The captivating aromatic blossoms of Salvia are a visual delight, yet the accompanying seeds may make it spread vigorously under certain climatic conditions.
So clear the confusion about whether all varieties of Salvia spread or need your help to increase.
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Does Salvia Grow Back Every Year?
Guessing Salvia’s annual and perennial character might be tricky unless you know the variety.
It includes warm climate lover perennial varieties like Mealycup Sage, Mexican Bush Sage, and Pineapple Sage.
Meanwhile, some varieties like Woodland Sage, Wood Sage, and Common Sage are tolerant to zone 4 to 8 and return yearly.
In contrast, some of the varieties mentioned above of Salvia show annual behavior when grown other than their preferred USDA zone.
Red Salvia, Jewel Pink Salvia, and Blue Salvia are common annual varieties in a zone other than 7-11.
These varieties complete their lifecycle in a single season and die back in the same year of growth without any chance of return.
Does Salvia Spread On Its Own?
Often perennial Salvia has a lifespan of more than two years. The plant can rebloom more than twice a season to undergo seed formation.
Here the seeds, under suitable conditions, start to produce seedlings that you can leave to grow or transplant to the landscape.
Also, the parent Salvia, which has spread as far as 6 feet, can appear dead by the winter. But they return with full sprouts next spring and attain the same growth pace.
However, the annual Salvia rarely survives winter, so it cannot reseed or spread yearly without your help.
How To Control The Spread of Salvia?
Calling Salvia invasive would wrong its life journey, but they do have a bad reputation for spreading and choking companion plants like Iris.
Even the Salvia on pots can spread tall and hang down the containers, making the pot heavy and have dense growth.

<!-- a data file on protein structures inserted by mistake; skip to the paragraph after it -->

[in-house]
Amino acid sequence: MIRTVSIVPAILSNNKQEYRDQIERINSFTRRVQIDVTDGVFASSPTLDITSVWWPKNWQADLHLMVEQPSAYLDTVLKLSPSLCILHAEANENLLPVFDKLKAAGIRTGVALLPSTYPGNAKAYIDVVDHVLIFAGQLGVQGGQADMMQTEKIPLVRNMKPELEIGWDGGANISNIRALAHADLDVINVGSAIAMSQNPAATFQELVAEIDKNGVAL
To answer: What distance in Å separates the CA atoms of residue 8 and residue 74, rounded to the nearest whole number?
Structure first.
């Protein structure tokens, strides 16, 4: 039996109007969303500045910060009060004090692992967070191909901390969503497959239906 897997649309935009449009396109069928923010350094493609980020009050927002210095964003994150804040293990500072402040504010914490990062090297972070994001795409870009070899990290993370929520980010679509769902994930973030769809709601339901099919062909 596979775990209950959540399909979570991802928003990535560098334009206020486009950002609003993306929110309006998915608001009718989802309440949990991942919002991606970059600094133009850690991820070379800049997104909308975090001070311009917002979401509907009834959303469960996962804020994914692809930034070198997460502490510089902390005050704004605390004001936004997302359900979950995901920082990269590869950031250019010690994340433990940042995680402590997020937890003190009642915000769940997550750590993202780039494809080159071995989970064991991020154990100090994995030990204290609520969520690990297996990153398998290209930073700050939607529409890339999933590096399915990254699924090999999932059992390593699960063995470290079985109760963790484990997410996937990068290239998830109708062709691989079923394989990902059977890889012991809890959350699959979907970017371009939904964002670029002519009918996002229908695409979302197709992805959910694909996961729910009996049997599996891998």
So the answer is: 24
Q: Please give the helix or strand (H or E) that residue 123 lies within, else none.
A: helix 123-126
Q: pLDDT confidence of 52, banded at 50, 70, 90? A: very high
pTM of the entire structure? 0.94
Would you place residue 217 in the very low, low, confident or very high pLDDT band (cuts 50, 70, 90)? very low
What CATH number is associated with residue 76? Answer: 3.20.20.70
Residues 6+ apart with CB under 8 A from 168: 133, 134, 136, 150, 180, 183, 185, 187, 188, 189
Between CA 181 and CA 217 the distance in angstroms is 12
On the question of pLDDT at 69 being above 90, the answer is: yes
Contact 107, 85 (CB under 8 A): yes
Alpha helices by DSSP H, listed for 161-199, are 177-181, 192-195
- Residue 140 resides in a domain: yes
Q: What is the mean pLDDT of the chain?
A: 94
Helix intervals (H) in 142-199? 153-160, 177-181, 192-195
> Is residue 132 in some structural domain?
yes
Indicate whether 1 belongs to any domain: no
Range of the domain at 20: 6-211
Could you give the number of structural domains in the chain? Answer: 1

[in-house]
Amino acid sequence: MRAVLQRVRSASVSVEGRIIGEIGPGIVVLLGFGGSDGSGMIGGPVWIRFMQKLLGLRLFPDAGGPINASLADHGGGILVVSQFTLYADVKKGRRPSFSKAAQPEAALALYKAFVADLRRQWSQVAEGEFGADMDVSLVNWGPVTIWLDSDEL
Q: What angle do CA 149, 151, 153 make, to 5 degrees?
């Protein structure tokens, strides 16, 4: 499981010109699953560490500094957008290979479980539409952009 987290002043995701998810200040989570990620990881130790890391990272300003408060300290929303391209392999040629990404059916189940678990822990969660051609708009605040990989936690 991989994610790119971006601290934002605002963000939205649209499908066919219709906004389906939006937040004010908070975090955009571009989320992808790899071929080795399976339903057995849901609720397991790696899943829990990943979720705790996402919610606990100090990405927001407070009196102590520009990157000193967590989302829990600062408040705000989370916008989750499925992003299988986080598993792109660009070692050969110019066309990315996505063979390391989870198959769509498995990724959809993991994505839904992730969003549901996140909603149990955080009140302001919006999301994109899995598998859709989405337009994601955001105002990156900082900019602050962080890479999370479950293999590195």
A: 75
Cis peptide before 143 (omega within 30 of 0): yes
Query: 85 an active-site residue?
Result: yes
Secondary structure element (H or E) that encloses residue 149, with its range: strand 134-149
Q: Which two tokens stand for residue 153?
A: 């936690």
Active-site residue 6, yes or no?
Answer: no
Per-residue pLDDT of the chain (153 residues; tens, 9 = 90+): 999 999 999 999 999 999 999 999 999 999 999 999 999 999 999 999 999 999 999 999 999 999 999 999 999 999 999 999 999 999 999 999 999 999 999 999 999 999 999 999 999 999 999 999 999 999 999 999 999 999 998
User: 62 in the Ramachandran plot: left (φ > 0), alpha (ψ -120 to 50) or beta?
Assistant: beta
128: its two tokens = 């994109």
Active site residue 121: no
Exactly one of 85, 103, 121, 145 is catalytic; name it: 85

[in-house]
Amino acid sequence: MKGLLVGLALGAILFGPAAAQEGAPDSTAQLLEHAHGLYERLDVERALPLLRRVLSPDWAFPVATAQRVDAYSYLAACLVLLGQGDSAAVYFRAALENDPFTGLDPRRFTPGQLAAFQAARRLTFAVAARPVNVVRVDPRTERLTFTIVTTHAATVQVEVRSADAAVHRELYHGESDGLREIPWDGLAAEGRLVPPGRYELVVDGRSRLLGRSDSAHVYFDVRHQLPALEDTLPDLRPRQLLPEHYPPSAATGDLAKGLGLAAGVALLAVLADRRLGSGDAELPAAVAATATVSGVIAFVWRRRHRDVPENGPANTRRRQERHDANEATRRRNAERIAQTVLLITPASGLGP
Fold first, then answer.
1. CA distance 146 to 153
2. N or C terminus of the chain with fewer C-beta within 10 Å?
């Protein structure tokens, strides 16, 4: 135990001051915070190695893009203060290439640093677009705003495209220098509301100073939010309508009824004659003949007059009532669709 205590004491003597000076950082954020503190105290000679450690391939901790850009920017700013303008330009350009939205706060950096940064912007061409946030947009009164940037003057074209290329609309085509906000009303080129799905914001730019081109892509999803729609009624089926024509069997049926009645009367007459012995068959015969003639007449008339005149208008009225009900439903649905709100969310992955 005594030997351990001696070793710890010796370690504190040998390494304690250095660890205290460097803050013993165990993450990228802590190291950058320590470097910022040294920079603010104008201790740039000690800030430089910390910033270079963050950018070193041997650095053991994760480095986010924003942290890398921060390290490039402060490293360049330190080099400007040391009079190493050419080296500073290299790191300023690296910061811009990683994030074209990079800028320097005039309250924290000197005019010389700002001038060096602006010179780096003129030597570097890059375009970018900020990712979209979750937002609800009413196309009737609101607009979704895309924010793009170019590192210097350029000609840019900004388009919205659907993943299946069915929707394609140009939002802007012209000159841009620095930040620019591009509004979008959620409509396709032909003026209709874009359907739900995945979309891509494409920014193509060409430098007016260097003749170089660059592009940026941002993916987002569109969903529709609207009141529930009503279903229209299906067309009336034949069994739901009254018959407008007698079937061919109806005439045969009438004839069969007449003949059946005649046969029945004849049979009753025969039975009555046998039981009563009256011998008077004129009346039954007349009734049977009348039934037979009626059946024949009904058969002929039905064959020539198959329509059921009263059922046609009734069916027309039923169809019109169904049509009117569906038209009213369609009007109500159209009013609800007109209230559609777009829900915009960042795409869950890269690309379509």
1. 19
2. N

So it is best to control the spreading habit of Salvia by working on cultural practices and following the given tips.
- Deadhead the blooms: Deadheading Salvias after flowering and before entering seeding can prevent reseeding and spread. You should also pinch off spent flowers to control any future Salvia problems caused by leftover blooms.
- Prune the plant: Early spring and fall is the best time to prune the Salvia like Hot Lips. It helps to limit the spread and maintain health.
- Divide parent plant: Given the fast growth rate of Salvia, they can quickly get overcrowded. So better to divide the clumps into individual plants and replant them. Do it in early spring.
- Apply organic mulch: Layering a few inches of mulch, like shredded leaves, straw, and wood chips, can limit the growth.
- Apply herbicide: If the Salvia has outgrown your yard and is beyond prevention, use herbicide. It includes herbicides like Crossbow (2,4-D + triclopyr) and Alligare (2,4-D + dicamba).
From Editorial Team
Salvias have deep roots capable of taking water and nutrients from a feet-down source. So if you want to get rid of it, you better uproot the plant entirely.
But if you want to keep your garden filled with hummingbirds and butterflies, let the plant attain its full bloom.